A new report by Independent market analyst Datamonitor (DTM.L) finds there's growing demand for plant floor to top floor software integration solutions aimed at manufacturers. The report "When worlds collide: Plant floor to top floor integration," says it is receiving increased interest due largely to a heightening need for manufacturers, from pharmaceutical industry right through to the automotive sector, to derive competitive advantage through production agility. While software vendors are racing to provide applications to link plant floor and top floor applications, there is still no complete top to bottom solution on offer.
The ability to develop and put new products on the shelf quicker than competitors is the goal for manufacturers trying to gain market share
At the moment, the gap between plant floor and top floor systems is slowly being closed, on paper at least. While the concept of linking the two traditionally disparate "floors" is by no means new, it has historically been overlooked despite its importance.
Linking plant floor systems, like those controlling switches and valves, to top floor systems such as supply chain management (SCM) and enterprise resource planning (ERP) software, allows manufacturers to gain greater visibility into their plant's production process. It enables greater collation of information from numerous sources within the company, and helps to filter and present it in a highly configurable way.
"Some manufacturers are making business critical decisions based on data sent indirectly from their plant floor, which, essentially, Qis time-lagged. Linking plant floor and top floor systems enables real-time data collection for timely, well informed decisions," says Adam Jura, Datamonitor technology analyst and author of the report.
The development of frameworks for integration has given the option for more phased, modular approaches by manufacturers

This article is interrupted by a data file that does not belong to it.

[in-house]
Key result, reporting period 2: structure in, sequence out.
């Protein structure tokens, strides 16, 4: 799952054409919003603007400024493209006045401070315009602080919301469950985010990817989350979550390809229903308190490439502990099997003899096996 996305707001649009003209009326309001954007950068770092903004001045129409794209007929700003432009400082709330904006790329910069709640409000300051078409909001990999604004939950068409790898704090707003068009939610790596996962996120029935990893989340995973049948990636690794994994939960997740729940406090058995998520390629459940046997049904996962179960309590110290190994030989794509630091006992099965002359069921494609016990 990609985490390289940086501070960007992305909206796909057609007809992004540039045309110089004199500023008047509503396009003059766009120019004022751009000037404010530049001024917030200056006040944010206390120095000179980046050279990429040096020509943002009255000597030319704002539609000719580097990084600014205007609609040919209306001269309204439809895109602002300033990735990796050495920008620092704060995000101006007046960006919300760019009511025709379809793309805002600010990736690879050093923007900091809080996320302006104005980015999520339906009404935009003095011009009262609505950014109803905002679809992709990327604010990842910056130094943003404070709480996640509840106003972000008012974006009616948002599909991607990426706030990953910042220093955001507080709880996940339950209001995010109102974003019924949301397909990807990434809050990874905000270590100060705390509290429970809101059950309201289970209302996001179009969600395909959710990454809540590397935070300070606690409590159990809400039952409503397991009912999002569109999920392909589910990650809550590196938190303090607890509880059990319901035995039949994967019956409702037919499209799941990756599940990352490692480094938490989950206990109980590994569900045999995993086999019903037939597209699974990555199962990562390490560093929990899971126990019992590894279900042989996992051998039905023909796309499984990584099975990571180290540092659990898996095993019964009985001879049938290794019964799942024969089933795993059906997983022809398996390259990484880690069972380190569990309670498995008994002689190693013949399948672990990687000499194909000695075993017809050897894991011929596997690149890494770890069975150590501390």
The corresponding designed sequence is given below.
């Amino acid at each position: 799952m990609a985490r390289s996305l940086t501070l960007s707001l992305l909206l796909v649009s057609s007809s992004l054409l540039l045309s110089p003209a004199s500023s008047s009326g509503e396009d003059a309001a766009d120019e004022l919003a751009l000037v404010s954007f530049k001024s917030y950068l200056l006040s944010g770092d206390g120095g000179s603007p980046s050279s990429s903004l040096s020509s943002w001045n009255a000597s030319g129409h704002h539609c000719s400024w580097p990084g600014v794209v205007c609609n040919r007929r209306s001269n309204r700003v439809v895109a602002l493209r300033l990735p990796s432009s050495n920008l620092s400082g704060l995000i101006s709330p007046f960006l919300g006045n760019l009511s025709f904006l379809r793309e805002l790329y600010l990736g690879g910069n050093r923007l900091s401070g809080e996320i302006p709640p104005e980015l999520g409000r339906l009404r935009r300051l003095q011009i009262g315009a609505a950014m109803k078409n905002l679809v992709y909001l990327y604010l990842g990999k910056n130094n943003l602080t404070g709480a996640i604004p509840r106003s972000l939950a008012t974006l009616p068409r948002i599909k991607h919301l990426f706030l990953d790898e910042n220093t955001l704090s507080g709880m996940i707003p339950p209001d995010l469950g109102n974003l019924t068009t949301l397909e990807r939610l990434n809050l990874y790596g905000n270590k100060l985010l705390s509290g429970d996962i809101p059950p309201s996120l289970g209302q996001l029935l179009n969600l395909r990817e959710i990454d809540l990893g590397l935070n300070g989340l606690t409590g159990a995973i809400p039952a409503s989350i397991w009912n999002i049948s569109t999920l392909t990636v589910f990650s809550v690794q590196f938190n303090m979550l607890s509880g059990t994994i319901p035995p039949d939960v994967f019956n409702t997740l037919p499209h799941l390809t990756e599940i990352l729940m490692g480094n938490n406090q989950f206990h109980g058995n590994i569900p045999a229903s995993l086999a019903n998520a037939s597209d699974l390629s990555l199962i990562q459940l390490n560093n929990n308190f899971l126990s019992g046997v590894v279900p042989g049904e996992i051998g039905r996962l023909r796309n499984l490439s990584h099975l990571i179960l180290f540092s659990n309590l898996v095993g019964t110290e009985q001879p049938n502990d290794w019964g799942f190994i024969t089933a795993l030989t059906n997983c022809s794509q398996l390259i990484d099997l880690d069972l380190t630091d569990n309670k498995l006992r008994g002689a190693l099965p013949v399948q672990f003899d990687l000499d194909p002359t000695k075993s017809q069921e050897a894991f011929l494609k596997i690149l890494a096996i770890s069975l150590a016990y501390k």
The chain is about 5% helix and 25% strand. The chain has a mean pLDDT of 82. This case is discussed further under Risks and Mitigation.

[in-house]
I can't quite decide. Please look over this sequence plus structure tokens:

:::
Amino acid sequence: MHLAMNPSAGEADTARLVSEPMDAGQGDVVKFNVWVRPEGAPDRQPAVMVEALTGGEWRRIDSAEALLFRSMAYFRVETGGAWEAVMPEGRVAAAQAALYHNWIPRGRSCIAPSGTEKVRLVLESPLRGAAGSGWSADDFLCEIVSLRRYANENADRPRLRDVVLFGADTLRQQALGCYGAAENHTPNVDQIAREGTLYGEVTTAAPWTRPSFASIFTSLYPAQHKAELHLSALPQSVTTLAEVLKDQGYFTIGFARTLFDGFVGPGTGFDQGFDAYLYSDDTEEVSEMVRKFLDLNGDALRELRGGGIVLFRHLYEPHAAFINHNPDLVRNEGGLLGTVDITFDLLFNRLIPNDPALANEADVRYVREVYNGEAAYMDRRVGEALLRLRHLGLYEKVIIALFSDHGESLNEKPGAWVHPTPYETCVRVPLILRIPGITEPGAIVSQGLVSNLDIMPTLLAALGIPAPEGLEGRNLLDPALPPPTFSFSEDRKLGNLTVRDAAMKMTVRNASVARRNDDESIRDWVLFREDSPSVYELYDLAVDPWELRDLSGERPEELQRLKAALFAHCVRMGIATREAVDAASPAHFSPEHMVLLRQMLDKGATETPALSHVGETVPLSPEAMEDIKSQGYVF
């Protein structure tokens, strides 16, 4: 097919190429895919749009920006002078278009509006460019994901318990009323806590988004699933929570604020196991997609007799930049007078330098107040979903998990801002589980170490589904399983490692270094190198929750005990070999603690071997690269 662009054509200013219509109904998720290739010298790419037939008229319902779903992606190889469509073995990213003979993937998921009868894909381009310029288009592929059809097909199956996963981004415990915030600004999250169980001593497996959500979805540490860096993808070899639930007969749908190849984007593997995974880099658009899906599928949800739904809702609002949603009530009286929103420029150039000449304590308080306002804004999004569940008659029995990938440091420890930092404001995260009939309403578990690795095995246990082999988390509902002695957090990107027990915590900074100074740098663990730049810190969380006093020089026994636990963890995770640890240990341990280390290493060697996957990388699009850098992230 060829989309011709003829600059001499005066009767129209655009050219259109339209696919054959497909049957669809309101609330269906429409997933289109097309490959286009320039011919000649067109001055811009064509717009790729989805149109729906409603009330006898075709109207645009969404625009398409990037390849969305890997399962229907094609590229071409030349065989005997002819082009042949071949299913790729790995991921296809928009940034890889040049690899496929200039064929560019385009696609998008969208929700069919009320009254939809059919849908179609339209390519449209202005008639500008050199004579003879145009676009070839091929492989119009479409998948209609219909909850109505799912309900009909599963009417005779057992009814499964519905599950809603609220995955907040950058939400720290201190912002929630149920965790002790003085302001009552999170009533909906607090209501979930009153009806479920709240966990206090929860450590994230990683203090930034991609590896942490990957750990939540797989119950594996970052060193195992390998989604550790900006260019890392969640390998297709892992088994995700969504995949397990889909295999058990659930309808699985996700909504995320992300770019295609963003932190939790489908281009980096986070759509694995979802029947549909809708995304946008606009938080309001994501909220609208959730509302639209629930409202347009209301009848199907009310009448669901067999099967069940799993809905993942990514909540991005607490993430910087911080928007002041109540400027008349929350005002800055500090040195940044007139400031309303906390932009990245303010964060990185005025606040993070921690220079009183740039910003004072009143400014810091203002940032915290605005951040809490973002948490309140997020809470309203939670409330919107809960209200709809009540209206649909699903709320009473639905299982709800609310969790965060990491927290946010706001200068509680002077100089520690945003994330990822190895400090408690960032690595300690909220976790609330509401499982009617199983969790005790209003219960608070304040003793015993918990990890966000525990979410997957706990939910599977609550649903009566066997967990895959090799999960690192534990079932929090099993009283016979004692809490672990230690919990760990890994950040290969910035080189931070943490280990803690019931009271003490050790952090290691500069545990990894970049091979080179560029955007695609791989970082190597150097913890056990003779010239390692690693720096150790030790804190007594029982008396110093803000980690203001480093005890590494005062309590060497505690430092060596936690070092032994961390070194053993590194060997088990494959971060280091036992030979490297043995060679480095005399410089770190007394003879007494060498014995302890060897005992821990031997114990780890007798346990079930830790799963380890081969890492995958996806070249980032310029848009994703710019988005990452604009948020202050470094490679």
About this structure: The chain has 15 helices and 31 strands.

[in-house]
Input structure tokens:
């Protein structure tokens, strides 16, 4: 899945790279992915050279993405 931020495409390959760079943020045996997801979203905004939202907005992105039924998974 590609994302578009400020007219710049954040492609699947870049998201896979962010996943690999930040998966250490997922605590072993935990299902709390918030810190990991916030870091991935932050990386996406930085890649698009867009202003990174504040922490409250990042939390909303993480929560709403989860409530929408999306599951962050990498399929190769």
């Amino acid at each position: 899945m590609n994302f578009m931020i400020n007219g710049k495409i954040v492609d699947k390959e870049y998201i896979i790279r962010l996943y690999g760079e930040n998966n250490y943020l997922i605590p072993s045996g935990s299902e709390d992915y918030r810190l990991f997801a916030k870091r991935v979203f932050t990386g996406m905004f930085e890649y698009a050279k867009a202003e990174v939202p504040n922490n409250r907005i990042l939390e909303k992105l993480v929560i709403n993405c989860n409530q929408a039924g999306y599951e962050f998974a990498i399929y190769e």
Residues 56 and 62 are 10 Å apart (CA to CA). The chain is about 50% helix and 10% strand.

Traditionally, attempts to close this gap by manufacturers have proven costly, time consuming and been potentially counter-productive. The options available to businesses in the past have been to either develop in-house solutions or use a manufacturing execution system (MES) with integration capabilities.
MESs have some capabilities that allow a degree of integration between plant floor and top floor systems to occur, yet in the past have used non-standards based approaches. With the advent of the ISA S95 (The Instrumentation, Systems, and Automation society standard for Enterprise-Control System Integration) standard, MES solutions have become more streamlined towards various existing business systems.
The development of frameworks for integration has given the option for more phased, modular approaches by manufacturers, with the end result being decreased initial outlays and increased viability.
MES vendors, enterprise application providers, enterprise application integration (EAI) solution vendors and automation systems companies are all striving to provide a complete solution to manufacturers.
Aimed at those wishing to gain a collated view of the story so far, Datamonitor's report looks at how 16 software vendors from different application/service backgrounds are approaching this critical integration issue.
"While software vendors are racing to provide applications to link plant floor and top floor applications, there is still no complete top to bottom solution on offer. For example from the corporate level, SAP has announced plans to address ERP to plant floor integration, and from the plant floor, Rockwell is pushing upwards with its own take on MES. What has come to pass is an ecosystem with four different types of software vendors competing against, partnering with, or sometimes even providing for, one another. MES vendors, enterprise application providers, EAI solution vendors and automation systems companies are all striving to provide a complete solution to manufacturers," concludes Jura.